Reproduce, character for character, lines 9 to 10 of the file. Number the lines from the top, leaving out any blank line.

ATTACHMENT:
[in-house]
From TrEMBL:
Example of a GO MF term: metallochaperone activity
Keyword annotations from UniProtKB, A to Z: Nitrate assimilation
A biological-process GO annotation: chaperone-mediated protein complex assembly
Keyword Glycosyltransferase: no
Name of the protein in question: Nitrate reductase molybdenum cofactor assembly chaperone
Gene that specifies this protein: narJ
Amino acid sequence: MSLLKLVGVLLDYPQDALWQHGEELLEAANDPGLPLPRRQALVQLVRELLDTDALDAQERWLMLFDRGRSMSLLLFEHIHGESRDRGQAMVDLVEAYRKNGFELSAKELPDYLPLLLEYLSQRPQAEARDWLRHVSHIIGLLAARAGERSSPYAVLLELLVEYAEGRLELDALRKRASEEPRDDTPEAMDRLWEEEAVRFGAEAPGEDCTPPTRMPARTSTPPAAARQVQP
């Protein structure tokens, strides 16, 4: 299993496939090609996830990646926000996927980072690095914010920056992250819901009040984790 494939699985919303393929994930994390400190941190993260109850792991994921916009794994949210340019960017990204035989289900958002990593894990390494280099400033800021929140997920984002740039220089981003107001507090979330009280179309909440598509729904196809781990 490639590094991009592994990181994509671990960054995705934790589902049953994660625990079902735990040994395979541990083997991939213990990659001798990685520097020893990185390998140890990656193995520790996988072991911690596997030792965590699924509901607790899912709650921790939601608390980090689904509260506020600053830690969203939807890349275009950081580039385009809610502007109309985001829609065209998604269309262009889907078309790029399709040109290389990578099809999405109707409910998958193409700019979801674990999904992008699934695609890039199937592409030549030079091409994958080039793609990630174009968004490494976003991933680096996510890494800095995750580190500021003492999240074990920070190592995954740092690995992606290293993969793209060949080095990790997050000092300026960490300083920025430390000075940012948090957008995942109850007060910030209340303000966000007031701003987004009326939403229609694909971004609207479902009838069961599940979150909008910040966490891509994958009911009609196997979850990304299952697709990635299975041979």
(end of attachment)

Amino acid sequence: MSLLKLVGVLLDYPQDALWQHGEELLEAANDPGLPLPRRQALVQLVRELLDTDALDAQERWLMLFDRGRSMSLLLFEHIHGESRDRGQAMVDLVEAYRKNGFELSAKELPDYLPLLLEYLSQRPQAEARDWLRHVSHIIGLLAARAGERSSPYAVLLELLVEYAEGRLELDALRKRASEEPRDDTPEAMDRLWEEEAVRFGAEAPGEDCTPPTRMPARTSTPPAAARQVQP
């Protein structure tokens, strides 16, 4: 299993496939090609996830990646926000996927980072690095914010920056992250819901009040984790 494939699985919303393929994930994390400190941190993260109850792991994921916009794994949210340019960017990204035989289900958002990593894990390494280099400033800021929140997920984002740039220089981003107001507090979330009280179309909440598509729904196809781990 490639590094991009592994990181994509671990960054995705934790589902049953994660625990079902735990040994395979541990083997991939213990990659001798990685520097020893990185390998140890990656193995520790996988072991911690596997030792965590699924509901607790899912709650921790939601608390980090689904509260506020600053830690969203939807890349275009950081580039385009809610502007109309985001829609065209998604269309262009889907078309790029399709040109290389990578099809999405109707409910998958193409700019979801674990999904992008699934695609890039199937592409030549030079091409994958080039793609990630174009968004490494976003991933680096996510890494800095995750580190500021003492999240074990920070190592995954740092690995992606290293993969793209060949080095990790997050000092300026960490300083920025430390000075940012948090957008995942109850007060910030209340303000966000007031701003987004009326939403229609694909971004609207479902009838069961599940979150909008910040966490891509994958009911009609196997979850990304299952697709990635299975041979």